In your last project, how many times did you read the following in the MSDN help files:
If the function fails, the return value is
FALSE, or 0, or -1, or
To get extended error information, call
Then, while debugging, how many times did you:
- copy the current value of the error code from the variables window
- launch the Error Lookup tool
- paste the contents
- and hit a button on the tool
All of this just to see what the meaning of that error number was?
Or, how many times did you separately look up the
FormatMessage documentation on MSDN (took time to swap the CDs too! :) ), just to copy and paste the code for retrieving error messages into your project?
Then, how many times did you wonder if it was worth introducing all those lines calling
FormatMessage right in the middle of the main logic of your app?
Or, how many times did you recall the discussions of exceptions vs error codes?
Or, how many times did you have to explain the meaning of your own, home-grown, error strings to your marketing folks?
Why, coming to MFC, you even have a
CPoint class, and a
CSize class, but no
That was so, until now! :)
A C++ class with a very small footprint that encapsulates both the WIN32 error-message strings and the error-code numbers returned by
GetLastError(). Employs a smart-copy mechanism for minimal overheads while passing or returning objects by value. Provides
const char* conversions. Objects can also be sent to the
TRACE() macro directly!
CWin32Error Sample Usage
Example 1: Exception Handling
void MyFunction( void ) throw CWin32Error
void ClientToMyFunction( void )
catch( CWin32Error e )
::OutputDebugTrace( e );
Example 2: "Vanilla" Usage (No exception-handling)
The following code shows how a function can return a
CWin32Error object. Smart copy means you can return objects even during the normal course of execution, without having to take an undue performance hit.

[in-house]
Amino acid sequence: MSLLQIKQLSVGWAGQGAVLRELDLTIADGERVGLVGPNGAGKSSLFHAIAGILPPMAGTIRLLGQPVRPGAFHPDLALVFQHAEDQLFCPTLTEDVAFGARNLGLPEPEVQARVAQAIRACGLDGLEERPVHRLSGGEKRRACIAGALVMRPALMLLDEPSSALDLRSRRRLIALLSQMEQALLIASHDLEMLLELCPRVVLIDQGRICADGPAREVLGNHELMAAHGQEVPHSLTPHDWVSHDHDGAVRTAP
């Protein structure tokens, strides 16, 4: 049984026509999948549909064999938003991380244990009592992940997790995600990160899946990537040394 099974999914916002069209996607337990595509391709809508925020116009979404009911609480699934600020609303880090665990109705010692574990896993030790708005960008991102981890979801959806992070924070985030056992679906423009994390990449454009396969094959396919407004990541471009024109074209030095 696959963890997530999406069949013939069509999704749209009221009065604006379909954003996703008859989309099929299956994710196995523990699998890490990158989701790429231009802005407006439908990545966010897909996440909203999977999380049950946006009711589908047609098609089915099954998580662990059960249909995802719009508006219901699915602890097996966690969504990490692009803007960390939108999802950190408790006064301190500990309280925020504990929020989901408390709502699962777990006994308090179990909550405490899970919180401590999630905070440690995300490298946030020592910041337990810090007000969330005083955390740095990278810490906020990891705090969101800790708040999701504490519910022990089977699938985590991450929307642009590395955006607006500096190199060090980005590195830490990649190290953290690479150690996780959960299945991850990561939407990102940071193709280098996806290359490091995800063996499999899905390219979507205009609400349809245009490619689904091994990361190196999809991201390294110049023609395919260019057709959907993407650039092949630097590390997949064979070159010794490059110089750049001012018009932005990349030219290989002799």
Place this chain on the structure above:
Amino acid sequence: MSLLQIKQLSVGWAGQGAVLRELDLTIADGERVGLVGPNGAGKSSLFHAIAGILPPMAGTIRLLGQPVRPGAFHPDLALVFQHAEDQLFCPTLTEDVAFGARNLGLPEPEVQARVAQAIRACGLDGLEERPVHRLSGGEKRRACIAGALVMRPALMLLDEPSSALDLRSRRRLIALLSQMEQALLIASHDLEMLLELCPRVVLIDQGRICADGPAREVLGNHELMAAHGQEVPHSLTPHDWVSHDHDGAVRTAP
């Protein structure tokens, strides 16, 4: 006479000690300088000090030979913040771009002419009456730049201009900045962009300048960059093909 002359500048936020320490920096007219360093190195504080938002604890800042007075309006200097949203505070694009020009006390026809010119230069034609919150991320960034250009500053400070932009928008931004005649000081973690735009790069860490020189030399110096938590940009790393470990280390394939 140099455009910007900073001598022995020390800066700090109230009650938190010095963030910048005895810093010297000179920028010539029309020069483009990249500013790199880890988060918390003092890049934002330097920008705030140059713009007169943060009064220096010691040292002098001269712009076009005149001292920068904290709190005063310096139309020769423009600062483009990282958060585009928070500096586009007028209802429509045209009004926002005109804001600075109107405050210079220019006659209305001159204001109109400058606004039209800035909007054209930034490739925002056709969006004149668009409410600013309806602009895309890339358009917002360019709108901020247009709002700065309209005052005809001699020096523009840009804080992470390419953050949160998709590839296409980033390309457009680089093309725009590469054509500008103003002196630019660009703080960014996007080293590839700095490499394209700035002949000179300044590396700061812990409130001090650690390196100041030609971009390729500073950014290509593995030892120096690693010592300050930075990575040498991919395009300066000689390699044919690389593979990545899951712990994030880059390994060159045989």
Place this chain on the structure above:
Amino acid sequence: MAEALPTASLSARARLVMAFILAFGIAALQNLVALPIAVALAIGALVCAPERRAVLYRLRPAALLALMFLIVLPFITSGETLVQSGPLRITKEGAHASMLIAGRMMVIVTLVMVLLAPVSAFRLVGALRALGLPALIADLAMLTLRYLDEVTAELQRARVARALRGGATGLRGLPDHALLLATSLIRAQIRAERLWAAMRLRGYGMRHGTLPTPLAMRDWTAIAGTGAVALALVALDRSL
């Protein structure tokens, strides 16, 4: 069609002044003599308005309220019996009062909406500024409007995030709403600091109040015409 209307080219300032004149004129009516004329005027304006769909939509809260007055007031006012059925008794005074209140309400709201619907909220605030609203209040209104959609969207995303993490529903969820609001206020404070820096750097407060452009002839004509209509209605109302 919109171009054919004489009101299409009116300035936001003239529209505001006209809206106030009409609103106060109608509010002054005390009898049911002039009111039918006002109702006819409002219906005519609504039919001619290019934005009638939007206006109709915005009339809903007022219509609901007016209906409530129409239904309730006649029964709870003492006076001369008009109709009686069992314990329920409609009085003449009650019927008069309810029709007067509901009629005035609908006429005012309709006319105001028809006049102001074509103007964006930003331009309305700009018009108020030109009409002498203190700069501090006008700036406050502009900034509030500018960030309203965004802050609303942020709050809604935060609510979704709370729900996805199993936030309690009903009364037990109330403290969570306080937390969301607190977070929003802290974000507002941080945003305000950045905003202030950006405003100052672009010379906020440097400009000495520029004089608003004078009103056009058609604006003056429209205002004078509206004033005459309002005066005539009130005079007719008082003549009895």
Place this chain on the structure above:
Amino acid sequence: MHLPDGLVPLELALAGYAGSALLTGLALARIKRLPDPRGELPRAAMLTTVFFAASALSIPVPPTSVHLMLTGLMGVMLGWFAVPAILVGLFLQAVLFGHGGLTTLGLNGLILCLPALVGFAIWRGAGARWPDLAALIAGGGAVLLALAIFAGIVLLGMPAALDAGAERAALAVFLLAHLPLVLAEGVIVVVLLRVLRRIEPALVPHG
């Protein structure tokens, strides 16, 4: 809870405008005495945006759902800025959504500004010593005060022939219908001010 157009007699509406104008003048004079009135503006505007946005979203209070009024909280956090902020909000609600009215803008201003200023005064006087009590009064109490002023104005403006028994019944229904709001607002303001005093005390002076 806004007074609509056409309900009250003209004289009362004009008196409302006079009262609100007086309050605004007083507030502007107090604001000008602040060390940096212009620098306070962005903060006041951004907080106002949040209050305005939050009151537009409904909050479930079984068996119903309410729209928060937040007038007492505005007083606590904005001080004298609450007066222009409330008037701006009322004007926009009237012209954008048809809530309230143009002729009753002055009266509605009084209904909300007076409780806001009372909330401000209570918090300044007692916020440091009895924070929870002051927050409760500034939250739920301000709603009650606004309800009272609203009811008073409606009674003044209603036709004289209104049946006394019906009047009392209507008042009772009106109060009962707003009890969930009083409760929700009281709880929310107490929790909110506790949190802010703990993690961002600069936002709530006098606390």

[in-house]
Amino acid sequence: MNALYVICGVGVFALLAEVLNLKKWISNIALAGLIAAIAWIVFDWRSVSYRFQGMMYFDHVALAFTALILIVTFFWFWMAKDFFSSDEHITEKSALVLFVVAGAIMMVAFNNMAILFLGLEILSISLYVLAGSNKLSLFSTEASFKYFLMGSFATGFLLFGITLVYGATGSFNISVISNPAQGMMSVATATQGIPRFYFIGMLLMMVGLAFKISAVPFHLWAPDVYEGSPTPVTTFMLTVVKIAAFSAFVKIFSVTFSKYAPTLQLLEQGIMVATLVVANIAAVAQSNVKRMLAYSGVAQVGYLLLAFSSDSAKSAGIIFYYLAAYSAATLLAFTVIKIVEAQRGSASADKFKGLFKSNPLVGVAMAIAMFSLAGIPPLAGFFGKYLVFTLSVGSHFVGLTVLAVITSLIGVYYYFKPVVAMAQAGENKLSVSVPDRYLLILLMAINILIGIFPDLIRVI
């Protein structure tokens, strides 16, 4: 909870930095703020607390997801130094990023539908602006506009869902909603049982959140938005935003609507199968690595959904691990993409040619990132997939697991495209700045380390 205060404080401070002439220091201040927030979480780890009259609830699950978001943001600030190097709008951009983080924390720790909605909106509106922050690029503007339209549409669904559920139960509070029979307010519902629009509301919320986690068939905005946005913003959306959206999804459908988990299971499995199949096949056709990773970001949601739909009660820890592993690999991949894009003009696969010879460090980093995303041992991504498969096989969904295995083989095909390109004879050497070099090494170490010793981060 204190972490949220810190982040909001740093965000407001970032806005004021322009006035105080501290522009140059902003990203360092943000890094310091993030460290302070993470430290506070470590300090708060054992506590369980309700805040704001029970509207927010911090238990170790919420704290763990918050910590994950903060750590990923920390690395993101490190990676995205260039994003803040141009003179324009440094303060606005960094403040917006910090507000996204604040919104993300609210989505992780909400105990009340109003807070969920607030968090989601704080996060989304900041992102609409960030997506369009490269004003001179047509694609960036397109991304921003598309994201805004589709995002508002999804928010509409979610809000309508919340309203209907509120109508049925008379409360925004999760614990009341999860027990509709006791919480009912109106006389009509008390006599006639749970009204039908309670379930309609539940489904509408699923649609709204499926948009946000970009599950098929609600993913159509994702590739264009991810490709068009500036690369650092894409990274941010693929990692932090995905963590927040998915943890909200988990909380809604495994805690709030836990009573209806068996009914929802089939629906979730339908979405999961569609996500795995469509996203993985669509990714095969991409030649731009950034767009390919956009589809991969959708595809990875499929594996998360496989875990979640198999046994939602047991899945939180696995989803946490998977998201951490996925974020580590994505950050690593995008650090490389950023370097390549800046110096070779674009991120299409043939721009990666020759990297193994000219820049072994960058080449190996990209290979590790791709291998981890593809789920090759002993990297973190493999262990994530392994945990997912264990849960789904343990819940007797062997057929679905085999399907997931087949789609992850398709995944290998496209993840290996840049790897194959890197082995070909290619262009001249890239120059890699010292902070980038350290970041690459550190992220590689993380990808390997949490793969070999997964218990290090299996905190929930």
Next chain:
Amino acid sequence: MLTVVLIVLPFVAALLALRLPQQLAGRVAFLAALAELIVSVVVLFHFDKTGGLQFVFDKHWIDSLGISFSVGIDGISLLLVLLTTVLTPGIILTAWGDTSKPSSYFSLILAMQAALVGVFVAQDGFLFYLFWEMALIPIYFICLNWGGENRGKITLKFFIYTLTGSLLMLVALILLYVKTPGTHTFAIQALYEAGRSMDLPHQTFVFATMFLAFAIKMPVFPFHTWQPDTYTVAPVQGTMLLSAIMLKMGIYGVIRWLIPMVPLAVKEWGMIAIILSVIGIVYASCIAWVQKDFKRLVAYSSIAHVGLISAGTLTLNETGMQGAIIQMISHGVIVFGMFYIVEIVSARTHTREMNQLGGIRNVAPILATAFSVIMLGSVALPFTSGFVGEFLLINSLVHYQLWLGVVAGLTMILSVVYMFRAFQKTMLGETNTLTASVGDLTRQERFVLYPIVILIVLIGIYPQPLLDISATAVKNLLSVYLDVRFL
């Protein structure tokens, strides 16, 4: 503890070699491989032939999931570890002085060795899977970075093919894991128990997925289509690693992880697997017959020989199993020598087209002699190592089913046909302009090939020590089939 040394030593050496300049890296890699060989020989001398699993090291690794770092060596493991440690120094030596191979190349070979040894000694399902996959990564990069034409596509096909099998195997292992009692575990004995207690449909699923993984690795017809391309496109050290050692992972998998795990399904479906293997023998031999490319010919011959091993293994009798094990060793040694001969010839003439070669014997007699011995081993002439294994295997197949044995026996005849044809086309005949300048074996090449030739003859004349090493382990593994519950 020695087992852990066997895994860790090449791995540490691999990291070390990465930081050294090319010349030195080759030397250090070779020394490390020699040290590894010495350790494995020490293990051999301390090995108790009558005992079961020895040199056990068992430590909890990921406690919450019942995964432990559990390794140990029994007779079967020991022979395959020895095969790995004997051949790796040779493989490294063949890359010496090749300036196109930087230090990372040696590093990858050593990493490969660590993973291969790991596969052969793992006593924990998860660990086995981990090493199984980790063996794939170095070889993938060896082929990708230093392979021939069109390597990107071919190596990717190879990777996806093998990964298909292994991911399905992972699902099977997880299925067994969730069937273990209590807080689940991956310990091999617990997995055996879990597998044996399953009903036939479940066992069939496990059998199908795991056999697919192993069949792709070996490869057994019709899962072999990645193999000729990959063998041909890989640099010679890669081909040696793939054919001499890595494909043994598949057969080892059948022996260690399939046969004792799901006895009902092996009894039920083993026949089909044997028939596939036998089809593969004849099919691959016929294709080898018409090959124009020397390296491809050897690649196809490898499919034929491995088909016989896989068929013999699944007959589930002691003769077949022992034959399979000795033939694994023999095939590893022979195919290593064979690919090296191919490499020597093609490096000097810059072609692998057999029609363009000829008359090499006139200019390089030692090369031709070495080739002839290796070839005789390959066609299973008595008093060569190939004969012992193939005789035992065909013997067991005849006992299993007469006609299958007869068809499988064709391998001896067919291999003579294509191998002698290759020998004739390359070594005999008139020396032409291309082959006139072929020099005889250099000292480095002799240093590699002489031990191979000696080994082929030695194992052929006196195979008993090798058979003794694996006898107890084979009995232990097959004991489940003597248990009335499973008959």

CWin32Error MyFunction( void )
if( ! SomeWin32API() )
TRACE( "%s\n", e );
Example 3: Simplest: As a message formatting class
The code given below shows how you can use
CWin32Error purely to make the source-code look pretty!
void MyFunction( void )
if( ! SomeWin32API() )
DWORD dwErr = ::GetLastError();
if( AlertUser( dwErr ) )
CWin32Error e = dwErr;
AfxMessageBox( e );
- Is an incredibly small but enourmously useful C++ class.
- Encapsulates the two basic Win32 APIs:
- Employs smart copy methods to minimize the overheads of memory allocation, retrieval of system error strings, and copying strings.
- Has all member-functions inline. Just
#include the Win32Error.h file.
- Does not depend on MFC. Use freely with any C++ library.
- Compiles under both UNICODE and MBCS.
- Is very convenient and simple to use - in fact, the objects of this class are *best* created on the stack, and can be passed by value without undue performance hit.
- Provides automatic conversion to const TCHAR* type. Pass objects, as they are, to
- Supports the MFC
TRACE macro. Pass objects to
TRACE as they are - you don't have to call
object.c_str() method or so. e.g.
TRACE( "%s\n", e ); and not
TRACE( "%s\n", e.c_str() );
- Helps in taking advantage of the exception-handling features of the C++ language.
The main source code is in only one file: Win32Error.h.
A console app demo is included in the download zip file.
Technical notes are included in the ReadMe.Win32Error.txt in the zip file.
Comments, suggestions, and bug reports are most welcome.